In 2002, the World Bank launched a project to rank the Ease of Doing Business in countries across the world. For well over a decade, more than 135 countries ranked better than the world’s largest democracy — India continued to be stymied by red tape, limited infrastructure and an army of bureaucrats who seemed to revel in creating complex, conflicting, and even arbitrary rules. India ranked worst among the BRICs and many companies mitigated their enthusiasm for India as a result. Persistent players such as Abbott, Accenture, Boeing, Coca Cola, Cummins, Deloitte, Exxon Mobil, GE, Hewlett Packard, Mylan, Oracle, PepsiCo, Vodafone and Western Union thrived despite some setbacks.

In our consulting, we always advised clients to look at specific Indian states, rather than the entire subcontinent when locating sales offices, subsidiaries, or manufacturing plants; some states welcomed businesses while others did not care. For the first time in India’s 67-year-old democracy, the leader (Chief Minister) of a state was elected as Prime Minister in 2014. One of Prime Minister Narendra Modi’s first goals was to improve India’s business environment.

The latest report from the World Bank, “Doing Business 2018“, published this week, shows that India made important reforms in six of the eight areas that the Bank measures for its report. Small economies can pass reforms relatively easily and it is important to note that Nigeria and India are the only large economies to make significant improvements as shown in this table:

Table

To global companies and investors, it is even more important to note that India jumped by 30 ranks overall to go from 130 to 100 and leapfrogged over Brazil, which is stagnant at 125. Such an improvement in just three years since the new government took over is quite remarkable. The juggernaut of the BRIC countries is China and it is currently ranked at 78. If Modi’s government can keep up the momentum, it is not inconceivable that India might vault ahead of its autocratic neighbor in three to five years.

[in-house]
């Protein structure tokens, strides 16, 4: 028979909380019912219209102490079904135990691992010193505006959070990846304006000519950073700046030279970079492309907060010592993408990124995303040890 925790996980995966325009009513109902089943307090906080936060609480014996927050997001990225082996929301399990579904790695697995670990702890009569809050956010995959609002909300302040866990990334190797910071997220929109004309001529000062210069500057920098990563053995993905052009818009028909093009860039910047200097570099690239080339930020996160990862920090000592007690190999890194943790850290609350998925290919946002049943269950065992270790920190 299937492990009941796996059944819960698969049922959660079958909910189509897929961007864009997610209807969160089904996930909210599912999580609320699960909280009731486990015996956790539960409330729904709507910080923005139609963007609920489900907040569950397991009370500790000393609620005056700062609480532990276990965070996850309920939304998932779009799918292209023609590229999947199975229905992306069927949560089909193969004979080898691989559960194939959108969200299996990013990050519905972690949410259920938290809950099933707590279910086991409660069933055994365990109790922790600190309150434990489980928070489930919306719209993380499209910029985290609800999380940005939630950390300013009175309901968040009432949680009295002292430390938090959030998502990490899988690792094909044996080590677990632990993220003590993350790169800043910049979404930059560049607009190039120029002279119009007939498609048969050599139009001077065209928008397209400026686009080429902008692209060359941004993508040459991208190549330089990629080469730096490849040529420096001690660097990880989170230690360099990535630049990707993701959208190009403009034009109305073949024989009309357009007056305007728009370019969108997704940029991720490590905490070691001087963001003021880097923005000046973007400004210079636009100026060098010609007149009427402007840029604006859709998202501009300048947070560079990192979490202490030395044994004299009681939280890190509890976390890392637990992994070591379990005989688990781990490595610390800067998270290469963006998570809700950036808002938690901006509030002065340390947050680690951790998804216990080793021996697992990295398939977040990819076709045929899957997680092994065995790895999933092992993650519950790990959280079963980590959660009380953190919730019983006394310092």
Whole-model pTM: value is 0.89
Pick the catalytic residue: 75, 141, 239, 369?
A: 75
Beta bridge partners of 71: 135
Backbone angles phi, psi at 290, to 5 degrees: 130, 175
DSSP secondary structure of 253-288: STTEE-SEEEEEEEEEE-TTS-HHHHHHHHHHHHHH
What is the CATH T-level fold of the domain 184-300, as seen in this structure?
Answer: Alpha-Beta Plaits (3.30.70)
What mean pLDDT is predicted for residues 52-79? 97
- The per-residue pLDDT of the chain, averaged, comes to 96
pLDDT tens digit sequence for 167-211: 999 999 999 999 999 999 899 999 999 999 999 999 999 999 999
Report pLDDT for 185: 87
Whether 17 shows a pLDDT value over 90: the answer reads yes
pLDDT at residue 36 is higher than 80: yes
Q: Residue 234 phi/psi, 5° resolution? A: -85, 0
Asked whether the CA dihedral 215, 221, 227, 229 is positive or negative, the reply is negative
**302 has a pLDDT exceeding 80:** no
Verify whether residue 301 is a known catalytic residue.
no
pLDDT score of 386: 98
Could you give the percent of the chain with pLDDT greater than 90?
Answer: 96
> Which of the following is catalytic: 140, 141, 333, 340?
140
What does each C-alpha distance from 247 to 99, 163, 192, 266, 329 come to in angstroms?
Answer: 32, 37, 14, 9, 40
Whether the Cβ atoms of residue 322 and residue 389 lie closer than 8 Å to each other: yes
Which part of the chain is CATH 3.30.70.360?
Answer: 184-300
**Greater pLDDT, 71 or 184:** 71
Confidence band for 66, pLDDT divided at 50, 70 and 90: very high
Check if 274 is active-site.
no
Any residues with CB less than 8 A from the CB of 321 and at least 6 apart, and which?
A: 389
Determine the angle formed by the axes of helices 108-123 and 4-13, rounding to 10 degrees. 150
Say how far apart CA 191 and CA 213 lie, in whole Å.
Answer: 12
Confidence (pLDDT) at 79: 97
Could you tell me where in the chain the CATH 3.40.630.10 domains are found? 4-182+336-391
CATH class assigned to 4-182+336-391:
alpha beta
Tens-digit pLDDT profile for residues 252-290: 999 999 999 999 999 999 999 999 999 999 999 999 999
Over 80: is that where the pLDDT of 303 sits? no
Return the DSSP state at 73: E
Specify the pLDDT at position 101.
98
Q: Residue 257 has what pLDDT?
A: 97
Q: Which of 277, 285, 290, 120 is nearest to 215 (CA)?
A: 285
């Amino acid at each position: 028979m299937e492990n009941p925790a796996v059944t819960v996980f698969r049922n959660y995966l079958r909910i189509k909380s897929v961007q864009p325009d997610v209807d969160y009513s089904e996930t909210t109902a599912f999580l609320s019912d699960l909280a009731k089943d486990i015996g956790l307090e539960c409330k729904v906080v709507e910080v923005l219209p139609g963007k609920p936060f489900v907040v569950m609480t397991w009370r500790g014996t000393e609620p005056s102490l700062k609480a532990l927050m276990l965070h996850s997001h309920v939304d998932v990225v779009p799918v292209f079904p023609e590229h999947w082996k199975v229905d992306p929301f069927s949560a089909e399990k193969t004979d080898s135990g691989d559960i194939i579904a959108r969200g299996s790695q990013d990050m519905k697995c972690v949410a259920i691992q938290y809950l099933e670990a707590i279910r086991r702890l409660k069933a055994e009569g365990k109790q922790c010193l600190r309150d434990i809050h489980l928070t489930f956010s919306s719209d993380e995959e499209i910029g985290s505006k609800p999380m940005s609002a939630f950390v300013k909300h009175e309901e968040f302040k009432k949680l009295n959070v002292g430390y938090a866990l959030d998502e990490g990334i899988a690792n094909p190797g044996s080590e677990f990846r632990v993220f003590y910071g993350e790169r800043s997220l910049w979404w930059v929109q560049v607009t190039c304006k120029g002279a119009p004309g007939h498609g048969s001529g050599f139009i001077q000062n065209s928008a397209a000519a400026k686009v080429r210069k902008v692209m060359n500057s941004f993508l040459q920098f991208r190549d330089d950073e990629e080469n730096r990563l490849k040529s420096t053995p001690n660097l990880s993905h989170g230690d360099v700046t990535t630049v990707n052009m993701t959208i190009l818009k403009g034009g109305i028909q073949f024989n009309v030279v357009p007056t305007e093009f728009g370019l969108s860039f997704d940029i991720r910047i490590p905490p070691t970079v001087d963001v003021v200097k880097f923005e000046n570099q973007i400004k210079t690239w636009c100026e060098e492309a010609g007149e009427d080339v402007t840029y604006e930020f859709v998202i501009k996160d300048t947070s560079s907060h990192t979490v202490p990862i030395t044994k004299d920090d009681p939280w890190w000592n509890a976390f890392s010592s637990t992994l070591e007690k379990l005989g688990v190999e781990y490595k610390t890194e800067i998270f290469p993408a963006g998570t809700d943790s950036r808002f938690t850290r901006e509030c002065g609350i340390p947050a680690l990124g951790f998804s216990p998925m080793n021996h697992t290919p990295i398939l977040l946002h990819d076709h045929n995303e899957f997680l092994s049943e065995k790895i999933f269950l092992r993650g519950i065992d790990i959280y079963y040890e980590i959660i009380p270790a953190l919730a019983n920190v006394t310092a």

We often help clients to start a new company or office in India and that process has improved considerably. Getting credit and obtaining construction permits for a business has also become easier according to the World Bank’s research. Minority foreign investors in India felt vulnerable in the past but new procedures protect them a bit better while enforcing contracts might also become easier once the new National Judicial Data Grid starts paying results. Paying taxes electronically is becoming the norm and import of goods is being streamlined with more and more online functions for customs clearance.

Does this mean that India is an easy place to do business now? Not at all. The World Bank only measures a few criteria. Foreign companies have many challenges in India: the weather, the pollution, the current government’s tendency to place non- tariff barriers, even occasional price controls, and most importantly the illusion that they can readily understand India, just because they can understand their Indian-American physician.

Skeptics may ask, will progress continue? What if Modi’s party loses the next general election, scheduled in 2019? One major initiative that cannot be rolled back is that the states of India were encouraged to compete with each other for foreign and domestic investment. State leaders in Andhra Pradesh, Telangana, Maharashtra and at least seven other provinces and territories have led the charge in improving their own attractiveness. This genie cannot be put back in the bottle and we anticipate that up to 20 of India’s 29 states will join the race shortly.

If you have questions about how your company can do better in India or if you want to take a fresh look, Contact Us or drop me a note here on Linked In.

November 2, 2017   No Comments